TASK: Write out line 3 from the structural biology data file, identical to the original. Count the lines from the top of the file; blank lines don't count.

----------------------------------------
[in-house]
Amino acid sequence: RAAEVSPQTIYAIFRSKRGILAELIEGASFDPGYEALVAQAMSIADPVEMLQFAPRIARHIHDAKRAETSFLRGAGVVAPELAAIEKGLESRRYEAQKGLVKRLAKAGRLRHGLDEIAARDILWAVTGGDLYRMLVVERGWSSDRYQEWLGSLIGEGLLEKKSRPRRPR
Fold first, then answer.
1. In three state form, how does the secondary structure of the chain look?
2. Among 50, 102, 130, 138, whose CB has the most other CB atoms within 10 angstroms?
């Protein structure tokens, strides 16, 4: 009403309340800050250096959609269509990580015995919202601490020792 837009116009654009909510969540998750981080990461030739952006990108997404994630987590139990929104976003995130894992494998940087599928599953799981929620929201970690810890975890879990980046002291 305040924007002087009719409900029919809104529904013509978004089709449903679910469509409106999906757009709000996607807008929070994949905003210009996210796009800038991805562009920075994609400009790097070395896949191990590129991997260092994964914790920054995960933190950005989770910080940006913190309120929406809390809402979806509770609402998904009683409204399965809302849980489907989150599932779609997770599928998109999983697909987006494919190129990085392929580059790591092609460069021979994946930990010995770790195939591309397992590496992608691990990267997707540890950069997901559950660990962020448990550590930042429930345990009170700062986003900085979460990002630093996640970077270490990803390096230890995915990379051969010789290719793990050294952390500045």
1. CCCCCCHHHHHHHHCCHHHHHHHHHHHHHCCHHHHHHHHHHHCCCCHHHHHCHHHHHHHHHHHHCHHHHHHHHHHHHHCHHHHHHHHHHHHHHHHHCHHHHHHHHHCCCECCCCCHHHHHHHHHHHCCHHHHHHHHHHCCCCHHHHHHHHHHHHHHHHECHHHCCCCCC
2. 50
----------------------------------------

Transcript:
Fold first, then answer.